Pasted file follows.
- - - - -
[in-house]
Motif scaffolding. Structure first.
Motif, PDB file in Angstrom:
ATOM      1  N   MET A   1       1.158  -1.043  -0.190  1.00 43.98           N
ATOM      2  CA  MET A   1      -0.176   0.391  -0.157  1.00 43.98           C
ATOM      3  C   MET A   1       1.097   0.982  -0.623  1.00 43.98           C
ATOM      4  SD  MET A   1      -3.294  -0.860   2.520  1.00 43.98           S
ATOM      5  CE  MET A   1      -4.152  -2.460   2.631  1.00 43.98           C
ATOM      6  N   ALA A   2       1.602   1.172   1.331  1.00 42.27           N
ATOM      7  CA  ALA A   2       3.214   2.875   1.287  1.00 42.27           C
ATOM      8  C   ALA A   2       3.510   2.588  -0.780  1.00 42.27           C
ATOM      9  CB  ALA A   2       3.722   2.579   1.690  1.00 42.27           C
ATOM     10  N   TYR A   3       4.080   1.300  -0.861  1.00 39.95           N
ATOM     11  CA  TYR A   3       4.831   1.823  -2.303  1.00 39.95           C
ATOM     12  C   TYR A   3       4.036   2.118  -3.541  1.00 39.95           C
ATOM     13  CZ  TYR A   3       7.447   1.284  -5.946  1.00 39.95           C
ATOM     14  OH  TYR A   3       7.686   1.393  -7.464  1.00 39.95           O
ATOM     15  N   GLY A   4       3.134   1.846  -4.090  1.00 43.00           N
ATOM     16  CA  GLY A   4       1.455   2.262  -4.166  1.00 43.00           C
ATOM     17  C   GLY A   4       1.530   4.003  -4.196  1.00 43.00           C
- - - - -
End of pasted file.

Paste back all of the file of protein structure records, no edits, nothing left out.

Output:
[in-house]
Motif scaffolding. Structure first.
Motif, PDB file in Angstrom:
ATOM      1  N   MET A   1       1.158  -1.043  -0.190  1.00 43.98           N
ATOM      2  CA  MET A   1      -0.176   0.391  -0.157  1.00 43.98           C
ATOM      3  C   MET A   1       1.097   0.982  -0.623  1.00 43.98           C
ATOM      4  SD  MET A   1      -3.294  -0.860   2.520  1.00 43.98           S
ATOM      5  CE  MET A   1      -4.152  -2.460   2.631  1.00 43.98           C
ATOM      6  N   ALA A   2       1.602   1.172   1.331  1.00 42.27           N
ATOM      7  CA  ALA A   2       3.214   2.875   1.287  1.00 42.27           C
ATOM      8  C   ALA A   2       3.510   2.588  -0.780  1.00 42.27           C
ATOM      9  CB  ALA A   2       3.722   2.579   1.690  1.00 42.27           C
ATOM     10  N   TYR A   3       4.080   1.300  -0.861  1.00 39.95           N
ATOM     11  CA  TYR A   3       4.831   1.823  -2.303  1.00 39.95           C
ATOM     12  C   TYR A   3       4.036   2.118  -3.541  1.00 39.95           C
ATOM     13  CZ  TYR A   3       7.447   1.284  -5.946  1.00 39.95           C
ATOM     14  OH  TYR A   3       7.686   1.393  -7.464  1.00 39.95           O
ATOM     15  N   GLY A   4       3.134   1.846  -4.090  1.00 43.00           N
ATOM     16  CA  GLY A   4       1.455   2.262  -4.166  1.00 43.00           C
ATOM     17  C   GLY A   4       1.530   4.003  -4.196  1.00 43.00           C